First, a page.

Missouri freshman forward Kevin Puryear gets irritated when sophomore guard Namon Wright passes up open looks in practice.
“I wouldn’t say I’m hard on Namon, but every time he doesn’t shoot the ball, he definitely hears from me,” Puryear said. “When he doesn’t shoot the ball, I’m like, ‘Man, you can make that shot. Shoot the ball.’ I believe in him.”
Trouble was, for a while this season, Wright didn’t believe in himself.
As a freshman, Wright shot 38.8 percent from three-point range, which is tied for the third-best mark by a freshman in program history. Only Brian Grawer, who shot 45.6 percent in 1997-98, and Kareem Rush, who shot 42.6 percent in 1999-2000, have ever performed better as freshman from beyond the arc.
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Wright opened his sophomore season by going 3 of 4 from long range and scoring 18 off the bench against Wofford, but things took a nose dive from there.
Through the next 23 games, Wright shot 20 of 86 from three-point range, an icy 23.3 percent, his confidence diminishing during the protracted struggles.
“When you don’t see it go in as much as you’re used to seeing it go in, there’s a little bit of doubt sometimes,” Puryear said. “That’s uncharacteristic of Namon, because he’s a really confident guy.”
That’s why Puryear has been known to bark in Wright’s direction.
“I think just knowing that people believe in him, and him knowing that we have faith in him, definitely helped his confidence out a lot,” Puryear said.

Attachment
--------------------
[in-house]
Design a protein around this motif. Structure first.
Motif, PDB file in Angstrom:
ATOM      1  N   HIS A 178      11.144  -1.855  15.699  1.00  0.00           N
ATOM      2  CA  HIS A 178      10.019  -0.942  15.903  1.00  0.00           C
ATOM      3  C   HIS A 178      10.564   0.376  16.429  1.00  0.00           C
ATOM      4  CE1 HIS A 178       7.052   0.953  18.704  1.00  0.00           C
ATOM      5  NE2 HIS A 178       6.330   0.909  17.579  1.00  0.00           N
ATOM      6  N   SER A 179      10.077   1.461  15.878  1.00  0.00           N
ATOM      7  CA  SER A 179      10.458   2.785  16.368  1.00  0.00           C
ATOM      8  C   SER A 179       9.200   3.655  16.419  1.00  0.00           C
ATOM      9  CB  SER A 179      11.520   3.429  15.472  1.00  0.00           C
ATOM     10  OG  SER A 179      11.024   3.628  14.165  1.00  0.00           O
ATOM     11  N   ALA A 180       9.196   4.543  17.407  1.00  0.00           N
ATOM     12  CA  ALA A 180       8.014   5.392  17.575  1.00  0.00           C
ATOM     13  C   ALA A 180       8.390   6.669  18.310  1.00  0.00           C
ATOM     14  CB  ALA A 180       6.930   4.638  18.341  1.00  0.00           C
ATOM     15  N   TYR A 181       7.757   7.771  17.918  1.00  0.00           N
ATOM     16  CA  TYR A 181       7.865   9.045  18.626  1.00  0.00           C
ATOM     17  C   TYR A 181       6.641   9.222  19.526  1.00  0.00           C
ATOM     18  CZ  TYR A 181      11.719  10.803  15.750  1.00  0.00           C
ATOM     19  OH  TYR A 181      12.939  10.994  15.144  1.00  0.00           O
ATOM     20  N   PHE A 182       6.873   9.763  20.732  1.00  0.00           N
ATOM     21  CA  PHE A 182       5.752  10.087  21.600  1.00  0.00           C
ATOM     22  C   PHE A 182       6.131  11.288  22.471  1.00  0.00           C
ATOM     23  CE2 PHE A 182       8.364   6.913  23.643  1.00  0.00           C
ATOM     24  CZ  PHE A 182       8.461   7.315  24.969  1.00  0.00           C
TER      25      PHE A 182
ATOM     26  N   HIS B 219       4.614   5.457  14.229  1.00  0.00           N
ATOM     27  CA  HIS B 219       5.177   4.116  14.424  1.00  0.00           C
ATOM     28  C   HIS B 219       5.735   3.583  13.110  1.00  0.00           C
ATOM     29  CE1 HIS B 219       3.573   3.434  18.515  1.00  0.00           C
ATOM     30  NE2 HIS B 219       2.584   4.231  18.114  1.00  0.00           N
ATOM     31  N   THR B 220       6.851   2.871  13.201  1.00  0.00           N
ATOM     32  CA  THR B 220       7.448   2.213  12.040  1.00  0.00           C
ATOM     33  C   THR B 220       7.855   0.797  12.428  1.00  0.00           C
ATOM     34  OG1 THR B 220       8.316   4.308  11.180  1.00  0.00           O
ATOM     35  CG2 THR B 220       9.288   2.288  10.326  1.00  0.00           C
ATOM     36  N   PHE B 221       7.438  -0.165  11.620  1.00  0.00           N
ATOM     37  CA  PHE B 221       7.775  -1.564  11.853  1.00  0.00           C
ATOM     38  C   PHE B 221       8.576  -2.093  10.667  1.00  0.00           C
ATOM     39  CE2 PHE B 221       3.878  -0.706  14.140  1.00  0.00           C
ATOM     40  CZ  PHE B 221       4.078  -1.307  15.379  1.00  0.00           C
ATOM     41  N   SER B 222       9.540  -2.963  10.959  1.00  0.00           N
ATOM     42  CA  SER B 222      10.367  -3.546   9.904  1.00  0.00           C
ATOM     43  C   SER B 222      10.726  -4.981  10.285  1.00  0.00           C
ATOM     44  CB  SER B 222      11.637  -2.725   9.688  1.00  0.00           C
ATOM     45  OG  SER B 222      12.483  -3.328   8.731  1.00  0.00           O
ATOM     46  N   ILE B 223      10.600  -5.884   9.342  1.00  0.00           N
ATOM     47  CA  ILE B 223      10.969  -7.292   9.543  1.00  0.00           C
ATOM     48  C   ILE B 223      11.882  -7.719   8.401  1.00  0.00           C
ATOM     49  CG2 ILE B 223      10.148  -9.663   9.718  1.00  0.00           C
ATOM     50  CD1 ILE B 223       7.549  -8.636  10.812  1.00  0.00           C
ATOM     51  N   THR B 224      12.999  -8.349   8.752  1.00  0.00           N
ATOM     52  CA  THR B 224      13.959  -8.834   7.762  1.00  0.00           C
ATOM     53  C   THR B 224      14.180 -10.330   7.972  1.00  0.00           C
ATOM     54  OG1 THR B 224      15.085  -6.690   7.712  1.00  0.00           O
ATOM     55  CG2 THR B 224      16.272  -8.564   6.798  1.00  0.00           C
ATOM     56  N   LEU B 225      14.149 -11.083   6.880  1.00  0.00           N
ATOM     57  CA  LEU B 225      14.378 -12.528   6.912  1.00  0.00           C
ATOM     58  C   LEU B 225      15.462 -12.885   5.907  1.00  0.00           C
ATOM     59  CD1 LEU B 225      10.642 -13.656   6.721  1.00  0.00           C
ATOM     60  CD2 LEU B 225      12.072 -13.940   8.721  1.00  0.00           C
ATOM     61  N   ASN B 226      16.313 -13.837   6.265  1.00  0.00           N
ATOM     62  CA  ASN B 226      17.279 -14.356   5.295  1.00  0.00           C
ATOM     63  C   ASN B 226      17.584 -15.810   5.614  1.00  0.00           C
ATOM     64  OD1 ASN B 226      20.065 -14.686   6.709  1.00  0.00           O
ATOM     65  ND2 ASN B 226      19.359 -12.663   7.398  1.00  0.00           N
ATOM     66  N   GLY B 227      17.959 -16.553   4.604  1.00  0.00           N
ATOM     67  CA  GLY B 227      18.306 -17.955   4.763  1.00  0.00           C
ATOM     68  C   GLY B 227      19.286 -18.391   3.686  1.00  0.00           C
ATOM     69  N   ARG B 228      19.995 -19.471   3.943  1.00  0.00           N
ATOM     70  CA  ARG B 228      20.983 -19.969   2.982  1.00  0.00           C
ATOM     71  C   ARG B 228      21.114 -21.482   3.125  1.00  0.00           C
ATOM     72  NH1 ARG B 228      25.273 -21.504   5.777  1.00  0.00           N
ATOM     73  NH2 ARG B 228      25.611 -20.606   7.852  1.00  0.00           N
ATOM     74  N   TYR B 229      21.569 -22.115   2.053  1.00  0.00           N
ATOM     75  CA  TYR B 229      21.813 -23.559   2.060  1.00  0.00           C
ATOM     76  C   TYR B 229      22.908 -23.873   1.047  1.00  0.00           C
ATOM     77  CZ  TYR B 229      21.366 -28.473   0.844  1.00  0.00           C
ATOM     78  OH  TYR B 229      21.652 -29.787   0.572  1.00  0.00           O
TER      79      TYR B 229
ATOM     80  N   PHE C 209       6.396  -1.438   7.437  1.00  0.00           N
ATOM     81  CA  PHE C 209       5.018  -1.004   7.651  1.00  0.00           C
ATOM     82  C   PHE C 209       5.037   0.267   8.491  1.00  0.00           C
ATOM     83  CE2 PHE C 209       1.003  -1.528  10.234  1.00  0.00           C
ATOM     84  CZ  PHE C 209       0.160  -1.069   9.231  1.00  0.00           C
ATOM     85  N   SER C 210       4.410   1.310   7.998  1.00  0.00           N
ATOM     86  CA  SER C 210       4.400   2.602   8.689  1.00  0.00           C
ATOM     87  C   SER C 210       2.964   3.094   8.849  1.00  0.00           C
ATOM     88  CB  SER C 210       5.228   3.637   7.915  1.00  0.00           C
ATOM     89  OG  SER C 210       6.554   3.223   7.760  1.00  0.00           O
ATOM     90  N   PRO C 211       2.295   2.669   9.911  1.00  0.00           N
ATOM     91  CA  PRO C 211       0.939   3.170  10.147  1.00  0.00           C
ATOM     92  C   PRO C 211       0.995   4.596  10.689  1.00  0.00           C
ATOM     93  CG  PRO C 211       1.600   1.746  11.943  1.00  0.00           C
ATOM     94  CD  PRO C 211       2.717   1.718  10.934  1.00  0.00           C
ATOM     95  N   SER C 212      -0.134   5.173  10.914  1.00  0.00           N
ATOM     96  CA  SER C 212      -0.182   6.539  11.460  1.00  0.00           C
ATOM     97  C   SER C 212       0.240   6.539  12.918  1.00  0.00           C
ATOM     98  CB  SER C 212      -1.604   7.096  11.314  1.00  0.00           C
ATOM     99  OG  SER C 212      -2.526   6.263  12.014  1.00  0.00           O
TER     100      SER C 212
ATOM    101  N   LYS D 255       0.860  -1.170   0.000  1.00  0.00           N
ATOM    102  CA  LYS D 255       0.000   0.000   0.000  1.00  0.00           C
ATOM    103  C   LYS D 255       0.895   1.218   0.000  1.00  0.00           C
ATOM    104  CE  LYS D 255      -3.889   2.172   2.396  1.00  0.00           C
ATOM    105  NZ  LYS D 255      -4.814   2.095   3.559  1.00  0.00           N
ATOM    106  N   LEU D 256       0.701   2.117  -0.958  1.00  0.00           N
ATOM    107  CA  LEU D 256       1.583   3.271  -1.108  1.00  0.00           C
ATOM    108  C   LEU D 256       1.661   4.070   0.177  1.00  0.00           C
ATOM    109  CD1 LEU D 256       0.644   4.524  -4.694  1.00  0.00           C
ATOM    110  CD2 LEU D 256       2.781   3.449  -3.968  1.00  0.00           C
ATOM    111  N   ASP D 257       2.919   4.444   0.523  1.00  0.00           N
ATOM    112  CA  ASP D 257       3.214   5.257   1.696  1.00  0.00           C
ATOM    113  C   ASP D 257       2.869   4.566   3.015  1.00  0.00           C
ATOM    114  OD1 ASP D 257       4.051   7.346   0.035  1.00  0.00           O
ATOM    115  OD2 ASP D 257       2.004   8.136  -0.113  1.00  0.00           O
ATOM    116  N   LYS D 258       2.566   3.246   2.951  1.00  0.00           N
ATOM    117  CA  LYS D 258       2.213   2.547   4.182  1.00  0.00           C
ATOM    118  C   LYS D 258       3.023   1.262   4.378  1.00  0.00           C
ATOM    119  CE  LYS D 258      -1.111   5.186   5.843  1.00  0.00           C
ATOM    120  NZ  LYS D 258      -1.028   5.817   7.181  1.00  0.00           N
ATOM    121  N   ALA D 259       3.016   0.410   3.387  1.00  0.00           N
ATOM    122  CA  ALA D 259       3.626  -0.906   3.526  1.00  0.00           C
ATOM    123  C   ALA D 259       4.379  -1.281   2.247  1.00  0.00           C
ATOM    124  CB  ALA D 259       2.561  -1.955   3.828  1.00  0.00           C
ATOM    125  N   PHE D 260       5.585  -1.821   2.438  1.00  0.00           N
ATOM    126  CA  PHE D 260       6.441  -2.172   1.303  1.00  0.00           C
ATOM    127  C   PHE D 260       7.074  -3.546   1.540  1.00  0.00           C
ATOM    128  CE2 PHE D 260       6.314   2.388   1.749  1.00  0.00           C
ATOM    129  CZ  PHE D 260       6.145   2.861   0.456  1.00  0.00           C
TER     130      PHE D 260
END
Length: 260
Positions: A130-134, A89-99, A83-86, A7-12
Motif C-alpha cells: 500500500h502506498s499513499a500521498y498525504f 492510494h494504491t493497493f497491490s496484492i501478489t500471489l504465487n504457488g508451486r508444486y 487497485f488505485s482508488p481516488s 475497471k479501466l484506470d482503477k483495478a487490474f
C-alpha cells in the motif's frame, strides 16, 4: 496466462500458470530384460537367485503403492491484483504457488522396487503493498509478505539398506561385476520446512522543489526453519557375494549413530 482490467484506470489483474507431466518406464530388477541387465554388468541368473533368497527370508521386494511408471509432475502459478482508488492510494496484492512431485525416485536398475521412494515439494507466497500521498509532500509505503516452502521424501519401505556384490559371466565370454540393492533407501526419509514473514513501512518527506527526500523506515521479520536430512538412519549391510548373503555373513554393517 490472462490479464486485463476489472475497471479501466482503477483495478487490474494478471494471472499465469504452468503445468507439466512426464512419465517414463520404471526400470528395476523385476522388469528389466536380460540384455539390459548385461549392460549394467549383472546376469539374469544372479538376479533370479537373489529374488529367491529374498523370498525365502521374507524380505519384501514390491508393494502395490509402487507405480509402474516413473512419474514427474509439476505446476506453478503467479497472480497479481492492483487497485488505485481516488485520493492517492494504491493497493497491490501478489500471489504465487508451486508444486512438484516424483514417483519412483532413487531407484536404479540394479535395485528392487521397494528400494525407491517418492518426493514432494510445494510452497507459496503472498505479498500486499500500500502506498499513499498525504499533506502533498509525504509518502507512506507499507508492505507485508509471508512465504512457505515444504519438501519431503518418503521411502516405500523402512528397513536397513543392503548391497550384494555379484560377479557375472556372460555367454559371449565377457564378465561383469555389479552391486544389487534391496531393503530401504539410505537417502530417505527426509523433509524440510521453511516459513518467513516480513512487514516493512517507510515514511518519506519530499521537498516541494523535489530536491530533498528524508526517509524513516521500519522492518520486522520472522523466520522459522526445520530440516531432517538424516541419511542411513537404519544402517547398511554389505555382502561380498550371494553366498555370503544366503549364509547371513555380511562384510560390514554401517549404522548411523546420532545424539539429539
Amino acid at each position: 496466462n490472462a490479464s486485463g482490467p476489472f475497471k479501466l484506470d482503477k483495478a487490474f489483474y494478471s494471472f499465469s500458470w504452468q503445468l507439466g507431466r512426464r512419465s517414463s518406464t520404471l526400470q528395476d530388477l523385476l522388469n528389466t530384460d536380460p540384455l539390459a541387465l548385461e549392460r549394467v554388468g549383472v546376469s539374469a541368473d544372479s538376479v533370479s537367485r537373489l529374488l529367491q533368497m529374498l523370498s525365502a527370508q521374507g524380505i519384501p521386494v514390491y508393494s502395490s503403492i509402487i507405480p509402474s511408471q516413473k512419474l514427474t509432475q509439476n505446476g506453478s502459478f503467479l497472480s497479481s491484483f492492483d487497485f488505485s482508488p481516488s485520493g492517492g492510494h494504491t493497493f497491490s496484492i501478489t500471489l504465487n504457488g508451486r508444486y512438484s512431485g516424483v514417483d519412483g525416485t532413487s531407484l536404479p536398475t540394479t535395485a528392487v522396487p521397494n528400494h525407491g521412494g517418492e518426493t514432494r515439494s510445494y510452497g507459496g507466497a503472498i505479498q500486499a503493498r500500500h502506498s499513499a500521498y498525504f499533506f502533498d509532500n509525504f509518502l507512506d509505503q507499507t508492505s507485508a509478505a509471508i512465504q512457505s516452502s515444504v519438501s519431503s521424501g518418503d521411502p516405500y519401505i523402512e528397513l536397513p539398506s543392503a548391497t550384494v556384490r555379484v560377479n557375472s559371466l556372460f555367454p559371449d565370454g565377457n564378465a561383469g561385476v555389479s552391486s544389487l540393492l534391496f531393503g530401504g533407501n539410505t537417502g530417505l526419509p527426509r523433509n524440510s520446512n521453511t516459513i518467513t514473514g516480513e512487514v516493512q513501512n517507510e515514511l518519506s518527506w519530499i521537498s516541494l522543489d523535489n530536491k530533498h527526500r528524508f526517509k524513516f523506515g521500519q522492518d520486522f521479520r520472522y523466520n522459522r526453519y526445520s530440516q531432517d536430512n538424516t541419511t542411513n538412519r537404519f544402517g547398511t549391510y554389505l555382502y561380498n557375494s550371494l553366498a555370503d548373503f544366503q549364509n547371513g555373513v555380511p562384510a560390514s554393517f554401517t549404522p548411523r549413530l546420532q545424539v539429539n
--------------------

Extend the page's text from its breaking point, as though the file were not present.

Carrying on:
It may finally be working, too.
Wright has connected on at least two threes in each of the last four games and is shooting 13 of 23, an eye-popping 56.5 percent, from long range during that span.
He went 6 of 7 from distance Tuesday at Mississippi, setting a career-high for made three-pointers and season-high for three-point attempts.
“It feels good to see the ball go in the net from behind the arc for me personally, because of how bad I’ve been shooting this year,” Wright said. “In practice, I shoot great. I get in the gym and I know I’m a great shooter, but I have to be consistent and stay mentally focused.”
If there’s a bright side, it’s that Wright’s shooting woes forced him to expand his game. He only attempted 18 free throws as a freshman, but Wright’s been to the line 107 times this season (and shoots 77.6 percent when he gets there).
“When he was struggling shooting, he took the ball to the basket,” Missouri coach Kim Anderson said. “I think he discovered something — that he could take the ball to the basket. He’s done a pretty good job of that. … Namon’s a better basketball player than he was a year ago. A year ago, he was only a shooter.”
Now, Wright leads Missouri in rebounding at 5.1 per game and has improved from a 0.51 assist-to-turnover ratio last season to 0.76 this season.
“He needs to be better defensively,” Anderson said. “He needs to be better as a ball-handler. He has a tendency to dribble too high, but he’s improved a lot.”
Factor in a rediscovered shooting touch and the future looks bright for Wright.
“I can tell his confidence is through the roof right now,” Puryear said. “To see him shooting it the way he’s shooting it is what I expect from him, so I’m glad that he’s finally getting into his groove.”
It’s much-needed, too. Three-point shooting has been an Achilles’ heel for Missouri, which shoots 30.4 percent from three-point range and ranks 326th among 351 NCAA Division I teams.
Only Kansas State — 337th at 29.2 percent — is worse among Power Five conference teams.
“Hopefully, his confidence keeps growing the next few games and into next year,” senior forward Ryan Rosburg said.